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Middle Georgia is the home to some of Georgia’s biggest attractions and cities. This region holds the Georgia National Fair of Perry, the Southeast’s largest collection of African-American culture, and Fort Valley State University. For an area with a population of approximately 500,000 people, it doesn’t support this number efficiently and effectively. This paper will outline Middle Georgia’s transportation issue, transportation background, and -a proposed resolution.
Plans to Combat Transportation Issues in Middle Georgia In order to dilute middle Georgia’s transportation problems, the GDOT has come up with four different plans.
The needs assessment technical (NAT), transportation assessment management (TAM), GDOT strategic plan, and the state transportation improvement program (STIP) all elaborate on many of the issues across the state of Georgia with a focus on Metro-Atlanta and middle Georgia. Some topics of discussion will include risk management, funding needs, maps, and overall coordination.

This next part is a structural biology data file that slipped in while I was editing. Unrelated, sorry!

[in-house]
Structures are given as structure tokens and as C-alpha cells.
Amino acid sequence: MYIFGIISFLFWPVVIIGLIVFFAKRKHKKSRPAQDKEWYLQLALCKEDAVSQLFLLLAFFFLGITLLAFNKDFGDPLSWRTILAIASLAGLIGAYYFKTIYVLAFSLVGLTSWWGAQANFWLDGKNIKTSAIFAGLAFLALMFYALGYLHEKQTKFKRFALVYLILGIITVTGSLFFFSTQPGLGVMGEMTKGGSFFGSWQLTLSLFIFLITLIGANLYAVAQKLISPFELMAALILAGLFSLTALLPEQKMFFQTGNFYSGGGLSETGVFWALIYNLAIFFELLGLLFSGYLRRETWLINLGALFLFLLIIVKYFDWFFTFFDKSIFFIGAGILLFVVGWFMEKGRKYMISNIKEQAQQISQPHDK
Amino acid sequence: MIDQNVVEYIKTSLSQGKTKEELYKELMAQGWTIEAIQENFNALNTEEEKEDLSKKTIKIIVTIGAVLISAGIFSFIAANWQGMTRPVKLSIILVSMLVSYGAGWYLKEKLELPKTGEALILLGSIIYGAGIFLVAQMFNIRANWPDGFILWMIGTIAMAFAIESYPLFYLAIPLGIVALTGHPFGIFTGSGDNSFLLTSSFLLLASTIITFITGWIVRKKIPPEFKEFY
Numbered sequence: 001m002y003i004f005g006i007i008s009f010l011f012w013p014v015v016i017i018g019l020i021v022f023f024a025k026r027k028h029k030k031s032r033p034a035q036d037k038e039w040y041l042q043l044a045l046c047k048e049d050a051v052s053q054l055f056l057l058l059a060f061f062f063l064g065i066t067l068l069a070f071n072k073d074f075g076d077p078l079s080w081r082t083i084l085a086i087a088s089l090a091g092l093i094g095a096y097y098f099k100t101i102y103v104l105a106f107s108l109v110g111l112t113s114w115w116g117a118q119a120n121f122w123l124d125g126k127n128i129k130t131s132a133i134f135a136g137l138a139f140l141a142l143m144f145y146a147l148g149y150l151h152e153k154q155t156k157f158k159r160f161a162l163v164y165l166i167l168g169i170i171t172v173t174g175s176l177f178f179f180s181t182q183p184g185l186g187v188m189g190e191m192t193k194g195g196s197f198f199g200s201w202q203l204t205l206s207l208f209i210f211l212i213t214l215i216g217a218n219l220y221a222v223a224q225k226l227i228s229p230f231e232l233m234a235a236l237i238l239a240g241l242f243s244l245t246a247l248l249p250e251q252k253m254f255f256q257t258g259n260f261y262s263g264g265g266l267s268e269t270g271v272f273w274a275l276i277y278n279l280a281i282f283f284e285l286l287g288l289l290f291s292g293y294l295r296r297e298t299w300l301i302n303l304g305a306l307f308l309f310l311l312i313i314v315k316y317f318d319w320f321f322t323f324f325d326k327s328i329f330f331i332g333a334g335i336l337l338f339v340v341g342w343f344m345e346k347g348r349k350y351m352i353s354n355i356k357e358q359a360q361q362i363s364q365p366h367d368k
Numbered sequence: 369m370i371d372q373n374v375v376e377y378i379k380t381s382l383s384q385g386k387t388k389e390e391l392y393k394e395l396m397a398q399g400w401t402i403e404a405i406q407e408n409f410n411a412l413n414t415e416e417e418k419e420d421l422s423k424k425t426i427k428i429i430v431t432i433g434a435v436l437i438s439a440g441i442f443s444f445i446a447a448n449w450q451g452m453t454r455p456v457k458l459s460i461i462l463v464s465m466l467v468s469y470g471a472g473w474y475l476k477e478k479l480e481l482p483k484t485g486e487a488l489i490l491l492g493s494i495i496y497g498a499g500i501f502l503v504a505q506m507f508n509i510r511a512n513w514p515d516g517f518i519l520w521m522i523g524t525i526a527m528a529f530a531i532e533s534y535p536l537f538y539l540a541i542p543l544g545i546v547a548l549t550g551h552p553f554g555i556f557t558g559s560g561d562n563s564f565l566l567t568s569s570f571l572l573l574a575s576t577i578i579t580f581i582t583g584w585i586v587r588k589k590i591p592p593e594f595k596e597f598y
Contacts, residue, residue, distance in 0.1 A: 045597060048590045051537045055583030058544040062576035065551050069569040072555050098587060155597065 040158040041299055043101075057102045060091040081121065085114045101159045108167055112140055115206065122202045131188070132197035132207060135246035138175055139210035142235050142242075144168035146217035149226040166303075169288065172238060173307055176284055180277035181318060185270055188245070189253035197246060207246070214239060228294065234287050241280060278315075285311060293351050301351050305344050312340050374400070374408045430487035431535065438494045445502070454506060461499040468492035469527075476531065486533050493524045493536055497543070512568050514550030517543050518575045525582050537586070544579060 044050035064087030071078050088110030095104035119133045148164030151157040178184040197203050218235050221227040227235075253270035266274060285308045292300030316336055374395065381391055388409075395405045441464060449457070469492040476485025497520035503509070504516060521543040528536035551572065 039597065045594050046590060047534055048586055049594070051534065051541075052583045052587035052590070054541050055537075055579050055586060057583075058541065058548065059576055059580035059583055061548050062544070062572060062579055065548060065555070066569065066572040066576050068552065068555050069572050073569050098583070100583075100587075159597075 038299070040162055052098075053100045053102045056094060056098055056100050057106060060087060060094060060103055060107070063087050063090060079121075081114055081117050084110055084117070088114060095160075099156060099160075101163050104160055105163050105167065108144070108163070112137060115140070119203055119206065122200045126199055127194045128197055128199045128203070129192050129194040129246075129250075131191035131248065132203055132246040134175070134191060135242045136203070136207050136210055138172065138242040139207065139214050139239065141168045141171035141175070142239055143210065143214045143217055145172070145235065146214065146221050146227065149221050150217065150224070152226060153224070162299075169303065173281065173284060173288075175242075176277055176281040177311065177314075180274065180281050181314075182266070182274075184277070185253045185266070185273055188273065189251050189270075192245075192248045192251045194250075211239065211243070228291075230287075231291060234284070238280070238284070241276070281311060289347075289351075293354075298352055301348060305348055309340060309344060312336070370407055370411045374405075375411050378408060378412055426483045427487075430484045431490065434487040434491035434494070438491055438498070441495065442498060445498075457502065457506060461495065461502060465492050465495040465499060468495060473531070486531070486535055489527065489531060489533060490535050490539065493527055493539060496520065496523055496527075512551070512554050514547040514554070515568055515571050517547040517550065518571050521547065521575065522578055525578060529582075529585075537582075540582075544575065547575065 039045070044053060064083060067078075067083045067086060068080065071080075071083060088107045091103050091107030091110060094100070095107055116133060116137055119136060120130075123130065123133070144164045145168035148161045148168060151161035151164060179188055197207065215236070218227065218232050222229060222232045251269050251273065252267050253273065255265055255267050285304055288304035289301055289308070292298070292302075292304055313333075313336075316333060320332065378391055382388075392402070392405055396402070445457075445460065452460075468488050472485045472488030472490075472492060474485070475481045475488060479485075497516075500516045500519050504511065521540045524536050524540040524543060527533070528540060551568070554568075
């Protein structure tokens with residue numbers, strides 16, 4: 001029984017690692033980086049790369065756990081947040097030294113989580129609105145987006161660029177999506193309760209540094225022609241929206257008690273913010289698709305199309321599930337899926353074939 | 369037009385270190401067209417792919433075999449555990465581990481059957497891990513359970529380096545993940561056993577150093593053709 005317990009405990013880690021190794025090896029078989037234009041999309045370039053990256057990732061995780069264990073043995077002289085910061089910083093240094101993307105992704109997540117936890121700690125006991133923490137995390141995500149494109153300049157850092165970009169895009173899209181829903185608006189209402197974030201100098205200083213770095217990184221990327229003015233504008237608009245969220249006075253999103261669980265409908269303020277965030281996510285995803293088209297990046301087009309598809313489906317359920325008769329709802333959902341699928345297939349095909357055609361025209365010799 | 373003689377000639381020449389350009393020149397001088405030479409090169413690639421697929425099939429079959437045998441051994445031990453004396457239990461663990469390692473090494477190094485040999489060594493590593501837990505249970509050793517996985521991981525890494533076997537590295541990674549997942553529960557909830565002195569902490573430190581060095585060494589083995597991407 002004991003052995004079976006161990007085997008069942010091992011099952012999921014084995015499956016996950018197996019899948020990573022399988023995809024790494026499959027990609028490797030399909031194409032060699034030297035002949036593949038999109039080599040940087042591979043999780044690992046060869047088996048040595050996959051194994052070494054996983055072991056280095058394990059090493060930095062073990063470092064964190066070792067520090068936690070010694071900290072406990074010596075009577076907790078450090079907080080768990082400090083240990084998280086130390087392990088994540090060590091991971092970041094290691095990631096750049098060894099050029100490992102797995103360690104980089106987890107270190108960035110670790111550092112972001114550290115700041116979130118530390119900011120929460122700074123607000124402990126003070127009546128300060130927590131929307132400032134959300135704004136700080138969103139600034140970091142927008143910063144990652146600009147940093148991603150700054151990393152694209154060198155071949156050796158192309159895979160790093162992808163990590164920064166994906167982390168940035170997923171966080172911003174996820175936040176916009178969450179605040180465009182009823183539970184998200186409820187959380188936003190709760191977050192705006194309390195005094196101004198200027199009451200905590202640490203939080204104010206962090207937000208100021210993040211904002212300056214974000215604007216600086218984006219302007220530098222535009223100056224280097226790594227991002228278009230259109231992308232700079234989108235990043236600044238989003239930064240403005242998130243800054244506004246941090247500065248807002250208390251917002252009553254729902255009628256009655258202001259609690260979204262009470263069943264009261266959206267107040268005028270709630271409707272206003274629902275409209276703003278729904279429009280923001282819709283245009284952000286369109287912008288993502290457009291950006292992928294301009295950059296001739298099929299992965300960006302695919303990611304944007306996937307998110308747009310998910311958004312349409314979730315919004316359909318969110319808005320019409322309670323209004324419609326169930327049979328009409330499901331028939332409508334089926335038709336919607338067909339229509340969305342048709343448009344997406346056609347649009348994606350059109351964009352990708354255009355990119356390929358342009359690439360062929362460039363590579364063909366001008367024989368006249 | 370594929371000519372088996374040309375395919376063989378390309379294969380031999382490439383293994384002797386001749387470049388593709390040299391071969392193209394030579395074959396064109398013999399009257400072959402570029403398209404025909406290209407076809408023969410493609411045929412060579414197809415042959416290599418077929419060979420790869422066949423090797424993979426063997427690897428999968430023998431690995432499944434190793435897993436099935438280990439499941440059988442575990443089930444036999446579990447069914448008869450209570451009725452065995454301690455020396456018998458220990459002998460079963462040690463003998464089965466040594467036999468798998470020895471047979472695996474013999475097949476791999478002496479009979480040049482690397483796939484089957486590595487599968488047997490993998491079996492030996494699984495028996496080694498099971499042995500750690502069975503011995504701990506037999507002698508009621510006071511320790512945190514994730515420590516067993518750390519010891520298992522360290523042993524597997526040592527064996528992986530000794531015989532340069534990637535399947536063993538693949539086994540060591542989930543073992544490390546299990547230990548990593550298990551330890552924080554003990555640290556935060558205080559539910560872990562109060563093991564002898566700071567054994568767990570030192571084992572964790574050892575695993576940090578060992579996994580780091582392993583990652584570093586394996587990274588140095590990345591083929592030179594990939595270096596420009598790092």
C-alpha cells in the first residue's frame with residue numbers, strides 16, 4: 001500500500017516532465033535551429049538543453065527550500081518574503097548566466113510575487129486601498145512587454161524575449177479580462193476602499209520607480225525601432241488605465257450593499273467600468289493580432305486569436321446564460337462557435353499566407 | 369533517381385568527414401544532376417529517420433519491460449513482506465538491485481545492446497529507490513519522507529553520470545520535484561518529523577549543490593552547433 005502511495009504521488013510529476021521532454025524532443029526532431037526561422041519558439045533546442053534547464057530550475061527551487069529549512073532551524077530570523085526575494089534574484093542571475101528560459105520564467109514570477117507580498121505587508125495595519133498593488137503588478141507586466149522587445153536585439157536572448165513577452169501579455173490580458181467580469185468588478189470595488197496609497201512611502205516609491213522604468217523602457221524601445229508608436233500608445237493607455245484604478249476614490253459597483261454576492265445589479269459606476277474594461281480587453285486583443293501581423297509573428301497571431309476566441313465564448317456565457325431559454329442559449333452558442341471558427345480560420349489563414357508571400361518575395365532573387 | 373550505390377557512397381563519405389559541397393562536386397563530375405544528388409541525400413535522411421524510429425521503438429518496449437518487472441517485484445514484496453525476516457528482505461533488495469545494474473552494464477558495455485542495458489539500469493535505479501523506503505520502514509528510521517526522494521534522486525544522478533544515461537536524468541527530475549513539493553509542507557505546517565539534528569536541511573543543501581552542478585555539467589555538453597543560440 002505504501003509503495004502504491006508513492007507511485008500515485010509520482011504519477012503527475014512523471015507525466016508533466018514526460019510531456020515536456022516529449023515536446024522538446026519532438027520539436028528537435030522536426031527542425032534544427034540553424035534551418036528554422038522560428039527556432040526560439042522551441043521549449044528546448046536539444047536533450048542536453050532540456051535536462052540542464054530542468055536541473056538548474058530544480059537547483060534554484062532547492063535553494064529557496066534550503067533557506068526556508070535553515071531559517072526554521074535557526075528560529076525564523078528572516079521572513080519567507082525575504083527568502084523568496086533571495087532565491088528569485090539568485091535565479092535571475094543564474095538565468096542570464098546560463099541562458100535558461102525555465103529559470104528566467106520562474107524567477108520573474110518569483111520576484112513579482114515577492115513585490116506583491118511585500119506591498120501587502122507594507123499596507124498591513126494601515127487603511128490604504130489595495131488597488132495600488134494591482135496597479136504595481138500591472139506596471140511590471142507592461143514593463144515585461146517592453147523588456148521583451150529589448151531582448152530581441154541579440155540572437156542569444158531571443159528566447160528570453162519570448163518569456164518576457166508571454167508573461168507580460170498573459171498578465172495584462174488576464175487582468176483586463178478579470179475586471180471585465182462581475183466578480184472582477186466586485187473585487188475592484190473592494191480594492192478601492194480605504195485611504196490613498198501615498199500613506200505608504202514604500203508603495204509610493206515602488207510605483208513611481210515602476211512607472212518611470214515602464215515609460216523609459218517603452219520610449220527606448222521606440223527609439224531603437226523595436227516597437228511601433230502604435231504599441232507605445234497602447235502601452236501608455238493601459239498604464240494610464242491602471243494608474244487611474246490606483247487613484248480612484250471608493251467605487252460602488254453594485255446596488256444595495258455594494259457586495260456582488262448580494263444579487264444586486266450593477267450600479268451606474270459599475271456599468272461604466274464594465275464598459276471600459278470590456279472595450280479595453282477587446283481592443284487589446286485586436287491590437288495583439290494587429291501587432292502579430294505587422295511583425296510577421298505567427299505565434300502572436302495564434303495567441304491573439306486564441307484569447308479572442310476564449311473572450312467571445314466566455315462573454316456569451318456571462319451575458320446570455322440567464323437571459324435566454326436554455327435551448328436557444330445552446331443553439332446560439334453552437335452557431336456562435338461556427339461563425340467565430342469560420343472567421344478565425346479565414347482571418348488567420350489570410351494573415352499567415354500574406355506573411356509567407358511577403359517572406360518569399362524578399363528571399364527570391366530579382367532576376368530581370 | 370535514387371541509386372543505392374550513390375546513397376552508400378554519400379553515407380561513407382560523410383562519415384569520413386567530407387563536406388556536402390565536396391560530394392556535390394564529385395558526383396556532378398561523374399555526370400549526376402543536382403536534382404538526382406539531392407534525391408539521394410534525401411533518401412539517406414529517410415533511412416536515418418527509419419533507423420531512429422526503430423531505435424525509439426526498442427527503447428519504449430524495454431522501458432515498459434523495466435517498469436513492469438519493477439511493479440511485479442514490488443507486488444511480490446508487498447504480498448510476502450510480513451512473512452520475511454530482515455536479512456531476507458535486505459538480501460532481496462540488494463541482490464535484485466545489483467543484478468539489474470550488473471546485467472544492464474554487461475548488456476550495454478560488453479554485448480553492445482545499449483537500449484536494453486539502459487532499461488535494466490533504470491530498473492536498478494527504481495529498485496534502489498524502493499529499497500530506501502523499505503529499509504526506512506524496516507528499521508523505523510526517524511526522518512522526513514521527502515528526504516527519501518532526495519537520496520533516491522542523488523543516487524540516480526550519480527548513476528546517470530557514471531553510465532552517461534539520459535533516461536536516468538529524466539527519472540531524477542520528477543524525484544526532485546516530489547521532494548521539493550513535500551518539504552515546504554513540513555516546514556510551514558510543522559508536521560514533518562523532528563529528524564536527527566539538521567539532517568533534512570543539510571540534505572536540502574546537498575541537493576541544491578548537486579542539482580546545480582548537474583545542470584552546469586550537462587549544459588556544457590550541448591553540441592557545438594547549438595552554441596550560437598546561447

NAT’s main focus is to improve service delivery within the area.
This plan has proposed ideas such as using technology to increase the efficiency of public transit; for example, using a card that commuter’s can swipe upon boarding a bus or any public transit vehicle. In addition, if counties work together to inform consumers on public transit, safety, and general information, it will improve customer service as well as customer experience. Being on one accord as a region will make up for minor insufficiencies and provide a better understanding of how consumers can utilize their public transit to its full capacity.
Since there are 15 colleges within 50 miles of Macon, the NAT has suggested the use of college and public school owned vehicles during mid-day hours to not only reduce traffic, but to also increase availability within these congested areas .